The president of Taiwan recently announced the intention to lift certain trade restrictions on U.S. pork and beef imports. Taiwan will set permissible residue levels for the feed additive ractopamine in pork, in addition to easing restrictions on the import of beef from U.S. cattle aged 30 months or older. Non-tariff barriers applied in many Asian countries are a significant stumbling block for U.S. meat exports.

Taiwan officials view this as a necessary precondition for any future U.S.-Taiwan trade talks. No timeframe for the actions has been provided. U.S. agricultural sales to Taiwan totaled $3.6 billion in 2019.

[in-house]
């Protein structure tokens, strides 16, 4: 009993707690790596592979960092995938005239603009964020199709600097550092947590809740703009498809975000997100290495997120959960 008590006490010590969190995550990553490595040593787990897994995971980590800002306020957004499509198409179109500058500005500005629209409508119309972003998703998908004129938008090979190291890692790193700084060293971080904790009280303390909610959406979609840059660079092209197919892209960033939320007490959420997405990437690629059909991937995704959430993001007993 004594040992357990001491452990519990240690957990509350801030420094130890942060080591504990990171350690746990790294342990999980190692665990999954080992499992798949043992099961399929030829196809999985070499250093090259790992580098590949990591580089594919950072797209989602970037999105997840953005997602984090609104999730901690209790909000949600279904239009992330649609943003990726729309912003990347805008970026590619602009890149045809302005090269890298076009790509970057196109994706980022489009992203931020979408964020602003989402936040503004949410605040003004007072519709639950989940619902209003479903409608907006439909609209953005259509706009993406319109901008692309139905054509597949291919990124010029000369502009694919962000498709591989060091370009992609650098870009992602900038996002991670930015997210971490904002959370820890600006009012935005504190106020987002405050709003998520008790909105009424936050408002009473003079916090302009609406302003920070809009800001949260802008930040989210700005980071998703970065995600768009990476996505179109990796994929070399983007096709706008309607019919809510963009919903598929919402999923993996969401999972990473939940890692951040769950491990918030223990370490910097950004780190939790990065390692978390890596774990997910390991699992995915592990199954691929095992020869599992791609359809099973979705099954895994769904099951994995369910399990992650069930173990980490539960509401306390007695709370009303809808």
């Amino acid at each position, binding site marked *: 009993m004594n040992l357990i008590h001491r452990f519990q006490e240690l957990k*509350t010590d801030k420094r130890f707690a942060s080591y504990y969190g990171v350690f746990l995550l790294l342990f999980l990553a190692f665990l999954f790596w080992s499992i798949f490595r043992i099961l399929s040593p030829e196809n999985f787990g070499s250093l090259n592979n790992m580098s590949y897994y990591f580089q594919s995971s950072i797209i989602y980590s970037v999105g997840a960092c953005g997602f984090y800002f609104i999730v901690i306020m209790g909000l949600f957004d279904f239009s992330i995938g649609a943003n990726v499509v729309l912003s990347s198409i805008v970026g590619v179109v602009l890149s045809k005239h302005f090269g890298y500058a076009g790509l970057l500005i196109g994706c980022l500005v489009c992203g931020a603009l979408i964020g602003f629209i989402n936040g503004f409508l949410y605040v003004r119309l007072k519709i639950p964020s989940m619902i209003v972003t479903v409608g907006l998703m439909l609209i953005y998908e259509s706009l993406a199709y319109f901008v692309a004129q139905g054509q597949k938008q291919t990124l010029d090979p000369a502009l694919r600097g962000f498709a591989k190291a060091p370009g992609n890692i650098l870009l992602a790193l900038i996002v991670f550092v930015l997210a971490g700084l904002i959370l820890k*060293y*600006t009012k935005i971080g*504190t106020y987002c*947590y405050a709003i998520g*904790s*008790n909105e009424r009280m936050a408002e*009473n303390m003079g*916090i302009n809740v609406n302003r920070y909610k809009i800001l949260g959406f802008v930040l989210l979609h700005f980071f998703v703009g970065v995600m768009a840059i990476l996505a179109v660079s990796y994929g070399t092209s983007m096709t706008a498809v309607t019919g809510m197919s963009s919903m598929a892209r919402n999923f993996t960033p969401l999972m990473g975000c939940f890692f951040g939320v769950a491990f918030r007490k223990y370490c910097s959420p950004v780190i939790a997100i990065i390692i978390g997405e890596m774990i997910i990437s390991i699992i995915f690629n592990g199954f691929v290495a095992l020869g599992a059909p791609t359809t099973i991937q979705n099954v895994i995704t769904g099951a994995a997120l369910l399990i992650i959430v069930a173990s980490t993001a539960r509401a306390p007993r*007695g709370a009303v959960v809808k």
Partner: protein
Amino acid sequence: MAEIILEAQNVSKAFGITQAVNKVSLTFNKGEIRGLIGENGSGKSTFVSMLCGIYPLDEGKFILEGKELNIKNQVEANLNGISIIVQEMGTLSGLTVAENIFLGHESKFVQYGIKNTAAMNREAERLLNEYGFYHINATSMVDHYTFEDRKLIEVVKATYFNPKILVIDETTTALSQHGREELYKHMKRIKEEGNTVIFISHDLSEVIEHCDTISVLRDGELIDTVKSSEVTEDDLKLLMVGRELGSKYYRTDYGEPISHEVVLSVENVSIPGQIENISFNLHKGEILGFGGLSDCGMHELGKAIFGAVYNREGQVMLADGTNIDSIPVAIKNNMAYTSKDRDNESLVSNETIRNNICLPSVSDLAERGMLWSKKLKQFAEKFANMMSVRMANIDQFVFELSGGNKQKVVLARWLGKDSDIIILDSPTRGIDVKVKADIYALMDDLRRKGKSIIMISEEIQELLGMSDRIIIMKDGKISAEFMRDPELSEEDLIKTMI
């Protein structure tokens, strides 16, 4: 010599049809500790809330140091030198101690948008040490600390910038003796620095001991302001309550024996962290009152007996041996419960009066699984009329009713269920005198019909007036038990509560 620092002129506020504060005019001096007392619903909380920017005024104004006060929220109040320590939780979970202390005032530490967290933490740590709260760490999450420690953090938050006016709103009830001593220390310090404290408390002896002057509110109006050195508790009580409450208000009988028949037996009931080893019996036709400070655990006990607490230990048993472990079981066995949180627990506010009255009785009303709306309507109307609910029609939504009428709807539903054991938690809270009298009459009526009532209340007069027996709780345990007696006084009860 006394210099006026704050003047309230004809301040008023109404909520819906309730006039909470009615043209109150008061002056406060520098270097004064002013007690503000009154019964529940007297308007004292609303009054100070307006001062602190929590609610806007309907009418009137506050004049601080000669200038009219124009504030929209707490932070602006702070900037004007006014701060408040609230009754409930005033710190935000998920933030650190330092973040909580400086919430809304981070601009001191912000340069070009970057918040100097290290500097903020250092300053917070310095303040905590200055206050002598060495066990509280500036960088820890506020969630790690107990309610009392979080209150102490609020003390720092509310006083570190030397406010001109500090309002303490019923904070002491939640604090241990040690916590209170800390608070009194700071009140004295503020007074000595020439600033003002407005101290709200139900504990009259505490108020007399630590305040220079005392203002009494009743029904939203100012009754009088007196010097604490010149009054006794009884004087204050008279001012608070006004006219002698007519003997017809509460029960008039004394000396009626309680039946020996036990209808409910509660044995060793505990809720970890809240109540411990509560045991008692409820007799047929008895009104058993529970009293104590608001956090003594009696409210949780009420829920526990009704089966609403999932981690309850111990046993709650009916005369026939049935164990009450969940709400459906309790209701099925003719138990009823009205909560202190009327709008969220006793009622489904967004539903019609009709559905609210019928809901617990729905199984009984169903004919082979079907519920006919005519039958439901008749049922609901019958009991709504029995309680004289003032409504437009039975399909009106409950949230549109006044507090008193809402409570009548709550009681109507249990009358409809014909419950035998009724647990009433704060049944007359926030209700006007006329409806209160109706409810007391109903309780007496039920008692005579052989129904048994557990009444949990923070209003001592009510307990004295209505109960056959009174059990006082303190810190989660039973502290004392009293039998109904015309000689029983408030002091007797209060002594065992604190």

In July 2019, Taiwan President Tsai Ing-wen spent two days in Denver attending events with Sen Cory Gardner, Chair of the Senate Foreign Relations Subcommittee on East Asia, The Pacific, And International Cybersecurity Policy. The move was criticized by Chinese officials but marked the strengthening of ties between the U.S. and Taiwan.

More recently, Alex M. Azar II, the U.S. secretary of health and human services, met with Ms. Ing-wen in Taipei, in what was the highest-level visit by an American official to the island since 1979.  In the coming weeks, U.S. Undersecretary of State Steve Krach is also expected to visit the island.